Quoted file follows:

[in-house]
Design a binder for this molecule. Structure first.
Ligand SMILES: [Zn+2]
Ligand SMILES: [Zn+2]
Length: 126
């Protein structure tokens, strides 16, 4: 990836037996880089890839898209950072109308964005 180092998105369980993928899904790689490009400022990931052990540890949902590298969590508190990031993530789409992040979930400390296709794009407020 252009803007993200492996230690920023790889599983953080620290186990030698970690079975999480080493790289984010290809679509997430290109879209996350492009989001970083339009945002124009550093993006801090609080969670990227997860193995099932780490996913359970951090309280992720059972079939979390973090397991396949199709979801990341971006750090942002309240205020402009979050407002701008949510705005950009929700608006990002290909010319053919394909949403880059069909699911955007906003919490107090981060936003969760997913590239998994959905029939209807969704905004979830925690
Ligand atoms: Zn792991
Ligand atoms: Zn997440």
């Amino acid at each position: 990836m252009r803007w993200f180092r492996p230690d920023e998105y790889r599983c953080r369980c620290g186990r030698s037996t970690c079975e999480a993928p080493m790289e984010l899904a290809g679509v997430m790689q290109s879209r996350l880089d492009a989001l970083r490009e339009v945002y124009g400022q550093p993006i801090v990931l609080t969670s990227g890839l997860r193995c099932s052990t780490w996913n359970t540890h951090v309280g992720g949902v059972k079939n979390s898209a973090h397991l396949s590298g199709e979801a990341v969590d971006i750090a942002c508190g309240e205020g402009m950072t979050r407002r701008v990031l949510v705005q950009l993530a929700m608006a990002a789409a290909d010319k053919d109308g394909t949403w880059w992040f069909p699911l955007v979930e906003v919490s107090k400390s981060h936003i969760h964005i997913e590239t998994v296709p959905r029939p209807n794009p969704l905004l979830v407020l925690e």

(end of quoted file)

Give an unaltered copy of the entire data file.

[in-house]
Design a binder for this molecule. Structure first.
Ligand SMILES: [Zn+2]
Ligand SMILES: [Zn+2]
Length: 126
């Protein structure tokens, strides 16, 4: 990836037996880089890839898209950072109308964005 180092998105369980993928899904790689490009400022990931052990540890949902590298969590508190990031993530789409992040979930400390296709794009407020 252009803007993200492996230690920023790889599983953080620290186990030698970690079975999480080493790289984010290809679509997430290109879209996350492009989001970083339009945002124009550093993006801090609080969670990227997860193995099932780490996913359970951090309280992720059972079939979390973090397991396949199709979801990341971006750090942002309240205020402009979050407002701008949510705005950009929700608006990002290909010319053919394909949403880059069909699911955007906003919490107090981060936003969760997913590239998994959905029939209807969704905004979830925690
Ligand atoms: Zn792991
Ligand atoms: Zn997440």
């Amino acid at each position: 990836m252009r803007w993200f180092r492996p230690d920023e998105y790889r599983c953080r369980c620290g186990r030698s037996t970690c079975e999480a993928p080493m790289e984010l899904a290809g679509v997430m790689q290109s879209r996350l880089d492009a989001l970083r490009e339009v945002y124009g400022q550093p993006i801090v990931l609080t969670s990227g890839l997860r193995c099932s052990t780490w996913n359970t540890h951090v309280g992720g949902v059972k079939n979390s898209a973090h397991l396949s590298g199709e979801a990341v969590d971006i750090a942002c508190g309240e205020g402009m950072t979050r407002r701008v990031l949510v705005q950009l993530a929700m608006a990002a789409a290909d010319k053919d109308g394909t949403w880059w992040f069909p699911l955007v979930e906003v919490s107090k400390s981060h936003i969760h964005i997913e590239t998994v296709p959905r029939p209807n794009p969704l905004l979830v407020l925690e």